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Monday, 28 July 2014
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EU - China: Wen offers helping hand to debt-hit euro nations PDF Print E-mail
Written by Europe Business Center International   
Wednesday, 29 June 2011 10:13

CHINESE Premier Wen Jiabao offered Europe a "helping hand" with its debt crisis during a visit to Germany yesterday and said his country could buy the sovereign debt of some troubled eurozone nations if needed.

"China has expressed support for Europe at various times. In other words, when Europe is in difficulty we will extend a helping hand from afar," the Chinese premier told a joint news conference with German Chancellor Angela Merkel.

"We will, according to need, definitely purchase certain amounts of sovereign debt," said Wen, who described the problems of highly indebted countries such as Greece as being of a "temporary nature."

As when previously talking about eurozone debt, Wen did not give specific figures on potential purchases, nor which countries' debt China might purchase.

Capital Economics estimated in a research note that China has bought more than 40 billion euros (US$57.43 billion) of euro-denominated assets this year, much of that in peripheral economies.

Merkel said China has a "massive" interest in a stable euro.

The EU and International Monetary Fund are putting pressure on Greece to give political backing to a tough austerity programme to qualify for ongoing aid and work out a second bailout meant to tide it over after 2012.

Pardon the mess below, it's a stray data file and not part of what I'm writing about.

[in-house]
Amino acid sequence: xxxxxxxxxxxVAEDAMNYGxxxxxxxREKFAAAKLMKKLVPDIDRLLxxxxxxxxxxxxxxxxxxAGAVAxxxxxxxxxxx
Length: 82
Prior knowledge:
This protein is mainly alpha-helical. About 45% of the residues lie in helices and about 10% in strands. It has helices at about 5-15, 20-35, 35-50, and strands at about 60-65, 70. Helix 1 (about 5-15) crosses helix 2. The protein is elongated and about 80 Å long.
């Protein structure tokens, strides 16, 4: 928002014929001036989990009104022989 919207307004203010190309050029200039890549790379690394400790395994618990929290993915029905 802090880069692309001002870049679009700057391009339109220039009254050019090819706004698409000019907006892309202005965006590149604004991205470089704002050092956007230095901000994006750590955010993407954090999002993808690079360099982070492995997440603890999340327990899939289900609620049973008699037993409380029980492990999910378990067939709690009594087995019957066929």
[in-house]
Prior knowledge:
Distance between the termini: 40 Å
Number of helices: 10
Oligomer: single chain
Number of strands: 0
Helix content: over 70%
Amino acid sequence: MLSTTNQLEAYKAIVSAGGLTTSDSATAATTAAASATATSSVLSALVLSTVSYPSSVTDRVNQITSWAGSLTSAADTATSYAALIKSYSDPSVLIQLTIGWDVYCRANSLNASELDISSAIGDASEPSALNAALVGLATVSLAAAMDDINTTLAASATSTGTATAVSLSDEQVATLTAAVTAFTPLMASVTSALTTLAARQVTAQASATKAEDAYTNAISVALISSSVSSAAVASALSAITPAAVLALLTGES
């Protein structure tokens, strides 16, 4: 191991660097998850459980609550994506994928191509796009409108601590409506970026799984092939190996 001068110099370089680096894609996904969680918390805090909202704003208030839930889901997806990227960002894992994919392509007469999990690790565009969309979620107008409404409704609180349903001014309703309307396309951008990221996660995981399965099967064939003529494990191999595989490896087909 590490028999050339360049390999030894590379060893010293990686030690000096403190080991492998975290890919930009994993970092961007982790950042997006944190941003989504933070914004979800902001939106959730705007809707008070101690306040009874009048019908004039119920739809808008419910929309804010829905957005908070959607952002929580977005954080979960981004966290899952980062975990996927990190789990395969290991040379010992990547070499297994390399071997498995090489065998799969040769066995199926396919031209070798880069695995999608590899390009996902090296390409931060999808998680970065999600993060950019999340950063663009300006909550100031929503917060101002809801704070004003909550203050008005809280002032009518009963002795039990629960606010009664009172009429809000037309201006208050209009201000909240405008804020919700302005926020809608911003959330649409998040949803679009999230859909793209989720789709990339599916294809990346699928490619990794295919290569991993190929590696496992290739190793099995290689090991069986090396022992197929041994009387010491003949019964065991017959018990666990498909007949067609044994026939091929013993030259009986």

About a quarter of China's record foreign currency reserves of more than US$3 trillion are estimated to be held in euro assets and China has reiterated its confidence in the euro since the debt crisis began.

Wen visited Germany on the final leg of a European tour taking in Hungary and Britain. It was the first time China and Germany - the world's two biggest exporting nations - had held full ministerial consultations aimed at boosting trade.

China and Germany aim to boost trade to at least 200 billion euros in the next five years.

Wen made it clear that the main point of the meeting between Chinese and German ministers and economic officials in Berlin was to "boost the growth potential of bilateral trade and to once again double our bilateral trade volume in five years."

Merkel said she expected bilateral trade to reach about 200 billion euros over that period from 130 billion euros in 2010, when trade already surged 34 percent on the previous year.

Germany hopes for a rebalancing of investments between the two countries, with Germany's direct investments in China now standing at 20 billion euros, compared to Chinese investments in Germany of only about 600 million euros, German officials said.